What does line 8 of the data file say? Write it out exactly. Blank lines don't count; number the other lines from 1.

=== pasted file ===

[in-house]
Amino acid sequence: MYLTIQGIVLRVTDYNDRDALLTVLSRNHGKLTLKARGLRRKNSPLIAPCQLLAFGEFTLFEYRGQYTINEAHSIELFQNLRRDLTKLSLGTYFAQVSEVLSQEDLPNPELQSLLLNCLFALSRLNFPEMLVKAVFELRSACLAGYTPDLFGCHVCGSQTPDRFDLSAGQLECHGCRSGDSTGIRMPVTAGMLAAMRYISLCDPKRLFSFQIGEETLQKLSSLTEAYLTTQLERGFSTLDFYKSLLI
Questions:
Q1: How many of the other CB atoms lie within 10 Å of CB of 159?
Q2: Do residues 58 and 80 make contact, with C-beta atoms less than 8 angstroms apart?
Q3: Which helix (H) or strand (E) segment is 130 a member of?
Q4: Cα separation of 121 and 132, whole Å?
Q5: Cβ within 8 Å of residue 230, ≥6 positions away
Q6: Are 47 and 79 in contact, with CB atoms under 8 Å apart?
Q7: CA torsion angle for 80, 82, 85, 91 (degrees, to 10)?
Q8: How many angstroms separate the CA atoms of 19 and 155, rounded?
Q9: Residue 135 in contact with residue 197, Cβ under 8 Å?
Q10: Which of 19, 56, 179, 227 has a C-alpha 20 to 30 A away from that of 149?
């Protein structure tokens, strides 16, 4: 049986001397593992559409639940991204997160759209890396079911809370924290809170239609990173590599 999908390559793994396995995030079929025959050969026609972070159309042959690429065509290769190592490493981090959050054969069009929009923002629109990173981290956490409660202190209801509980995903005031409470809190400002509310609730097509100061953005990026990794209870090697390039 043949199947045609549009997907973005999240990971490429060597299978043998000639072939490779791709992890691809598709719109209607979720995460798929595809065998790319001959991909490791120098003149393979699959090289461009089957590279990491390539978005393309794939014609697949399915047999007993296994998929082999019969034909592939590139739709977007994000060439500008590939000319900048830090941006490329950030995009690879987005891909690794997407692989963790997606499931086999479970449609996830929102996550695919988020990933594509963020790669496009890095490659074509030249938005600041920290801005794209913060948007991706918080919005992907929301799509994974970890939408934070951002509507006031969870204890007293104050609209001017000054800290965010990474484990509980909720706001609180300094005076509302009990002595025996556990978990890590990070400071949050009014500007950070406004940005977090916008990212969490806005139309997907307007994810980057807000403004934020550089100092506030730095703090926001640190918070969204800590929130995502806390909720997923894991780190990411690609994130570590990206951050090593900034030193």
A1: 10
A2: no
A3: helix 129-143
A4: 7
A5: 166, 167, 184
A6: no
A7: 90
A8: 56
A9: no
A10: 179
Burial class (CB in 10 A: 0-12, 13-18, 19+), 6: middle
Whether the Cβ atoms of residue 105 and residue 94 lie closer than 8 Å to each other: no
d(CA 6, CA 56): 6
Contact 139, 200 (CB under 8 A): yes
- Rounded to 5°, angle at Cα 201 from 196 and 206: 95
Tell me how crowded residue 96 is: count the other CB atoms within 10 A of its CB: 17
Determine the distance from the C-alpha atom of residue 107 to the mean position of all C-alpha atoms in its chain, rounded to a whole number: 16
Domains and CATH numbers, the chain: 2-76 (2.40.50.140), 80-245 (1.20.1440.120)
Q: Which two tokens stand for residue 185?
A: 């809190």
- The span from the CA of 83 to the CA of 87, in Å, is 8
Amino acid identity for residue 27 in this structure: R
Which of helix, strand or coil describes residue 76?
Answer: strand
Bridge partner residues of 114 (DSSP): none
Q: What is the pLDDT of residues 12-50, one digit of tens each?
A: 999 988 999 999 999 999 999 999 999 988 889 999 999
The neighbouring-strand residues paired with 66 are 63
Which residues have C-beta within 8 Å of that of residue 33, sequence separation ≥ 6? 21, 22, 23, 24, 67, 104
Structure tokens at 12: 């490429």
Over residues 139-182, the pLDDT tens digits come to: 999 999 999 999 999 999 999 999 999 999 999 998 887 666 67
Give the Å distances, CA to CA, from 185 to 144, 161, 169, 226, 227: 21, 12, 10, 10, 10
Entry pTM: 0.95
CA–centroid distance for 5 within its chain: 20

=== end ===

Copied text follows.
Q5: Cβ within 8 Å of residue 230, ≥6 positions away